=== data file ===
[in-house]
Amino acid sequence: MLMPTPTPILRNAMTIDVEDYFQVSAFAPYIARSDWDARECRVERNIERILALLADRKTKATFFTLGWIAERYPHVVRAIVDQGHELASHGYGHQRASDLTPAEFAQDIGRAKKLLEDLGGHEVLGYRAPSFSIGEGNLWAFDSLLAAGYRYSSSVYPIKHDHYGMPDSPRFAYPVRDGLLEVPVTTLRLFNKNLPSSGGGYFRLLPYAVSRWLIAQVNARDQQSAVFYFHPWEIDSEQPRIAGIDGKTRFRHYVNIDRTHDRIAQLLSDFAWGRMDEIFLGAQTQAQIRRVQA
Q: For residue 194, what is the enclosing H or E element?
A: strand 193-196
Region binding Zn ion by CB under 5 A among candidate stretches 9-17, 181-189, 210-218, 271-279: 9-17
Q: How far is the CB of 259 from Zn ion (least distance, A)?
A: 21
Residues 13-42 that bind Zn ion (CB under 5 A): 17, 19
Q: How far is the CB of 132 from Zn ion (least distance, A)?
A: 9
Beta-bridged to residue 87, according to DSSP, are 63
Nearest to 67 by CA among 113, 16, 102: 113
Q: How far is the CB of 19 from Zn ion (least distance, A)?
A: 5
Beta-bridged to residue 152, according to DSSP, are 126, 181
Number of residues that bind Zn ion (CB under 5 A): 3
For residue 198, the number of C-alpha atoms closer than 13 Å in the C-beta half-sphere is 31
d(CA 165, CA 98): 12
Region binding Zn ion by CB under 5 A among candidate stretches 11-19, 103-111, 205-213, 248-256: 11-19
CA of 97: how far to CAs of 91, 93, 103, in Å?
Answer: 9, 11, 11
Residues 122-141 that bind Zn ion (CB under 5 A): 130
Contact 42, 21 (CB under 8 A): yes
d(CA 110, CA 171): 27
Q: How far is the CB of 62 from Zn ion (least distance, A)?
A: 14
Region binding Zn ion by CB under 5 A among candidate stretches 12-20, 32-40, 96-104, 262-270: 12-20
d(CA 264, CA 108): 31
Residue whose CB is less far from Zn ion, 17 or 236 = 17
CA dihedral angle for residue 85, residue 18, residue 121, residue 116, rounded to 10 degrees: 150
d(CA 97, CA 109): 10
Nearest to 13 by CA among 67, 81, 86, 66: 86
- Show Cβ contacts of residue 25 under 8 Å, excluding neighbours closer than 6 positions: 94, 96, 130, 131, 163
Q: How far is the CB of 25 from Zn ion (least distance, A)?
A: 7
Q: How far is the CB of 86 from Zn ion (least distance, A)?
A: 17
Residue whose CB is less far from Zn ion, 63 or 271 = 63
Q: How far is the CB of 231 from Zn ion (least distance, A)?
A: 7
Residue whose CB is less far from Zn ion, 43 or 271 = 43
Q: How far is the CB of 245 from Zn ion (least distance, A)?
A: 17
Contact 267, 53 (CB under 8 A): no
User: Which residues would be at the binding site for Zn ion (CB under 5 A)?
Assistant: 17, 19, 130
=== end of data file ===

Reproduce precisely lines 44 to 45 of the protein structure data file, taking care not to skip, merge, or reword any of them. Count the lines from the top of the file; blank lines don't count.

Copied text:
Contact 267, 53 (CB under 8 A): no
User: Which residues would be at the binding site for Zn ion (CB under 5 A)?